(December 9, 1997)
Dinesism #13, The Dines Theory (TDT): gold and silver
must confirm each other's Technical signals, else
moves are apt to be deceptive. (See Mass Psychology
book, page 329, for further discussion.)
Sometimes it takes a tortuously long time for a new concept to reach Mass Consciousness. For example, it took 1.5-million years after humans had discovered fire, and that sticks needed to be rubbed together to produce it, before matches were discovered. An alchemist from Hamburg in 1669 believed he was transforming an olio of base metals into gold, when Hennig Brandt instead produced the element phosphorous. Disappointed, he ignored the discovery. British physicist Robert Boyle in 1680 coated coarse paper with phosphorous, and drew a splinter of wood tipped with sulphur across it for the first demonstration of the principle of a chemical match. However, phosphorous was scarce and expensive in those days, so the discovery disappeared before most Europeans who kindled fires with sparks from flint striking steel knew it had existed. In 1826, a British chemist named John Walker in Stockton-on-Tees, while developing a new explosive, stirred a mixture of chemicals with a wooden stick at the end of which a tear-shaped droplet had dried; to remove it he scraped the stick against the laboratory stone floor, the stick ignited and the friction match was born in a blaze. The droplet was a mixture of antimony sulphide, potassium chlorate, gum, and starch. While he amused his friends with it, Walker never actually got a patent. Samuel Jones, who had observed John Walker, began a match business and named them "Lucifers," which greatly accelerated tobacco smoking of all kinds. The odor was so offensive that they advised people whose lungs were delicate not to use the matches; in those days it was the match rather than the cigarette that was believed to be hazardous to health, so the wheel turns. The French found the odor of British Lucifers so repellent that in 1830 a Parisian chemist named Charles Sauria developed a new compound based on phosphorous that was a poison destined to sicken factory workers and idiot children sucking on matches. The first non-poisonous match was created in 1911 by the Diamond Match Company, using harmless sesquisulfide phosphorous, on which they deliberately forfeited patent rights, as a humanitarian gesture. Then, German chemistry professor Anton von Schrotter in 1855 created a "safety match" in which part of the combustible ingredients were in the head of the match, and part on the striking surface of the box. An attorney from Lima Pennsylvania named Joshua Pusey in 1892 invented the matchbook; the patent was purchased by the Diamond Match Company, and it finally became a quantity business in 1896 when a brewing company ordered more than 50,000 of them to advertise its product. This order induced Diamond to create machinery to mass-manufacture matches, and also launched the custom of advertising on matchbook covers. In the 1940s the psychological-warfare branch of the US Military used matchbooks to carry morale-lifting messages, and millions of them with propaganda messages in several languages were dropped by airplanes behind enemy lines. Today, Americans alone strike more than 500-billion matches a year, about 200-billion of those from matchbooks. Perhaps proving that if you build a better mousetrap, you'll have to join the rat race in order to sell it!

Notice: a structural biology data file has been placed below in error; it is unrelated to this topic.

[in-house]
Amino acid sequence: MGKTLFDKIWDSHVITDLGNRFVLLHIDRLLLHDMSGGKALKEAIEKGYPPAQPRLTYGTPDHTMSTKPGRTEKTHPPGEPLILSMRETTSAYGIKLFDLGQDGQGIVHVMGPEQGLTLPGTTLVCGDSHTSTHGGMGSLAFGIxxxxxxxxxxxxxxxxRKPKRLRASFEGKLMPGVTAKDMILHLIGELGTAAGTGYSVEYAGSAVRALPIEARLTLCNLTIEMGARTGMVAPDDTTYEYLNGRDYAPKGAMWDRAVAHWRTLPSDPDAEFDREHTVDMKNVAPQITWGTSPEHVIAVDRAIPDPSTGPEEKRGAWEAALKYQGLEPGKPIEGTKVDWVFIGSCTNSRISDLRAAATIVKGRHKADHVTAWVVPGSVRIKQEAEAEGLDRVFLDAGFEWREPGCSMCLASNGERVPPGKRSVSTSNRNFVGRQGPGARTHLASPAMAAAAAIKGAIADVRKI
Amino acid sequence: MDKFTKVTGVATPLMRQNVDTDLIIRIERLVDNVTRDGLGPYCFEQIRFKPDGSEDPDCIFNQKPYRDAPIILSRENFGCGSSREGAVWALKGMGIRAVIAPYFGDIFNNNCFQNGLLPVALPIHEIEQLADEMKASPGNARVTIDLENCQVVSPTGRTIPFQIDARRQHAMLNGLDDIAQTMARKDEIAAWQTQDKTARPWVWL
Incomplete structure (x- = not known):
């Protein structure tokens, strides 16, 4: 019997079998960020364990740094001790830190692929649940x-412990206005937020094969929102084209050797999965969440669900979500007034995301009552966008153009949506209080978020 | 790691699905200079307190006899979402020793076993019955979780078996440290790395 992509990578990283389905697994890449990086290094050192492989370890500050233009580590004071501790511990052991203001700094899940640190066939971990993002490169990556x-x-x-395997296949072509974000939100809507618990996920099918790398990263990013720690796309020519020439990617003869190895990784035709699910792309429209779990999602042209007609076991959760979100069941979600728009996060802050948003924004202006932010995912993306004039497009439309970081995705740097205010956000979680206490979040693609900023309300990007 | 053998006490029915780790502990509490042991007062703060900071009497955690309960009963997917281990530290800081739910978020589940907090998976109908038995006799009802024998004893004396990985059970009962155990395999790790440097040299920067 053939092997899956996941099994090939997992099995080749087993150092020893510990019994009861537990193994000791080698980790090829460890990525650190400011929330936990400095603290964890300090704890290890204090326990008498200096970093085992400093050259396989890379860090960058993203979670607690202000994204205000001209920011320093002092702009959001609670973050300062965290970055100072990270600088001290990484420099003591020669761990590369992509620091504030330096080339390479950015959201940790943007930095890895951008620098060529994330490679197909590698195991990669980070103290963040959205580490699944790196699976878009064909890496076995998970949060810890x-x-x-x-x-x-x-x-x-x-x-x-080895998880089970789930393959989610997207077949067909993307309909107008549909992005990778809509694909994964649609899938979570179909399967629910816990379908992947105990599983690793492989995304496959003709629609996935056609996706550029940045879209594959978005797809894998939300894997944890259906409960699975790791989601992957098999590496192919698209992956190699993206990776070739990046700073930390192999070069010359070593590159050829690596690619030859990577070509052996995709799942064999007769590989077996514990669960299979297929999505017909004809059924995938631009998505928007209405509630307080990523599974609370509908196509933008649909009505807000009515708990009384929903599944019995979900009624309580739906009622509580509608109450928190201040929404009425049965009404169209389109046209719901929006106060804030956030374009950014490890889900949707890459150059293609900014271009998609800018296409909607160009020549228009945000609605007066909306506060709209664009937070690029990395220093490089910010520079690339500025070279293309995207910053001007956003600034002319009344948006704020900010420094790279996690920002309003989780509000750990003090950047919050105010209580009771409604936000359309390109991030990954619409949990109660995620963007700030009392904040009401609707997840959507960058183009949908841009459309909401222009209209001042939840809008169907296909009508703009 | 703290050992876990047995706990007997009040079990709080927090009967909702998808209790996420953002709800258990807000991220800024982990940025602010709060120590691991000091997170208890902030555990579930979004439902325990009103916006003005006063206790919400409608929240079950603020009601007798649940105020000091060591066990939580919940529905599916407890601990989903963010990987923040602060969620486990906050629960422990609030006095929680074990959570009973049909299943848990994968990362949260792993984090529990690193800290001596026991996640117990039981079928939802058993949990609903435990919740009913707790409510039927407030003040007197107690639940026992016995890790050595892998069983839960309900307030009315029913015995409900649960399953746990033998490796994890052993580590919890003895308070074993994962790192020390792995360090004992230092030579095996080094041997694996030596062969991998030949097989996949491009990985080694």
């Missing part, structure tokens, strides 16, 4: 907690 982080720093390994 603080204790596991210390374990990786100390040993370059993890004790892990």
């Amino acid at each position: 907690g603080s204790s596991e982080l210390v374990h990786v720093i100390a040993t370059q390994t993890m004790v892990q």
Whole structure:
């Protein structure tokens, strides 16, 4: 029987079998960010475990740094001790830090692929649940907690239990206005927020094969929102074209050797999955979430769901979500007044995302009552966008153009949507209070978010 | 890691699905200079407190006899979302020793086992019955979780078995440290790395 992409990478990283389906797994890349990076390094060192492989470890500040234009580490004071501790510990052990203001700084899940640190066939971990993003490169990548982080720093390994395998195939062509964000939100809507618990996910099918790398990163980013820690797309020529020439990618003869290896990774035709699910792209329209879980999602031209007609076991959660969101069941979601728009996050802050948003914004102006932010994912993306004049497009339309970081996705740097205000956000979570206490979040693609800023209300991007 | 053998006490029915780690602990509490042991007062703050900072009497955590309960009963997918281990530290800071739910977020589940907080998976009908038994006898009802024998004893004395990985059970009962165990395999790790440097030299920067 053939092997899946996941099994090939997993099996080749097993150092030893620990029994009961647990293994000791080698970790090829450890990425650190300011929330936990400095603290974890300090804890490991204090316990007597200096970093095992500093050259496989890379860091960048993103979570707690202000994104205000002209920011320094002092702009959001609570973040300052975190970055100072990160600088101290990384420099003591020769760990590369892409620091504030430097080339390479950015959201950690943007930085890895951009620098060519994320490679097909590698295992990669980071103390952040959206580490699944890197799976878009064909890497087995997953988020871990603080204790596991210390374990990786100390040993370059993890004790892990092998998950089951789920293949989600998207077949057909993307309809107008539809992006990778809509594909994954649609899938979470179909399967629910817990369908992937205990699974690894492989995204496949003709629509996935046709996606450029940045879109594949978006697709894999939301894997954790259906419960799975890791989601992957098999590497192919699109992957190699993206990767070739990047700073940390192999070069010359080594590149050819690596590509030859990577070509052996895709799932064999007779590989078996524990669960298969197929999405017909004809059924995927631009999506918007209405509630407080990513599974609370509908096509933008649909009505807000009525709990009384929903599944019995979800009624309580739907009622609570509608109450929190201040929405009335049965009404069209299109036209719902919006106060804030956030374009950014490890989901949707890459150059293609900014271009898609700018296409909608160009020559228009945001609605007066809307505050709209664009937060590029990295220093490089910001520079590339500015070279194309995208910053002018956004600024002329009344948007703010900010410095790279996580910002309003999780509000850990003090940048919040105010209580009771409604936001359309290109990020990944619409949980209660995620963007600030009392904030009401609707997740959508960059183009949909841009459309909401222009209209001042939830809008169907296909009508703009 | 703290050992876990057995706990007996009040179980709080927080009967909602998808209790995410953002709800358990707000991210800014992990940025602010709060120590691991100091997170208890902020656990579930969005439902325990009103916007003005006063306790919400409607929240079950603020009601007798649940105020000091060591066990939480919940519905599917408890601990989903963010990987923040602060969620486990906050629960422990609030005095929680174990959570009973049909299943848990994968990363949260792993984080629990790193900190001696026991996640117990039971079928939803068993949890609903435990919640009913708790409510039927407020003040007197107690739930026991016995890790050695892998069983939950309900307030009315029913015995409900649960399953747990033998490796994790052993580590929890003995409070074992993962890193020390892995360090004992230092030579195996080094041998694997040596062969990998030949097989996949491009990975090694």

We expect a similar long-term saga in gold's evolution. As this is written, gold is almost universally despised and central bankers worldwide declare their intention to sell it off, to get rid of it, because gold is worthless and to be unknown by the masses. Ostensibly Lenin was right in that gold will line the urinals in the Kremlin as an example of uselessness. Tabloids proclaiming that central bankers will demonetize gold clearly do not realize that they will soon become back numbers.
The fact is, a gold coin can be cashed for paper money anywhere in the world, which could hardly be said about paper money for gold. In fact Asian gold prices actually went up when local paper currencies crashed. Central bankers do not yet fathom the function of a fuse in the fusebox, and that gold is the "monetary fuse." Central bankers made the identical error in the 1920s, as very carefully outlined in your editor's second book The Invisible Crash. Evidently history repeats itself, except it keeps getting more expensive.
In 1960 most everybody said that "the dollar was as good as gold." The dollar's link to gold was progressively severed during subsequent decades despite our bitter opposition and now they say "gold is not even as good as the dollar," an extraordinary ruination of our very currency. The worshippers of fiat paper money are like engaged couples, that final period in which lovers keep up their pretenses. Trouble is, by the time you're old enough to understand the opposite sex, they don't notice you any more. And you have discovered that alimony is the high cost of leaving!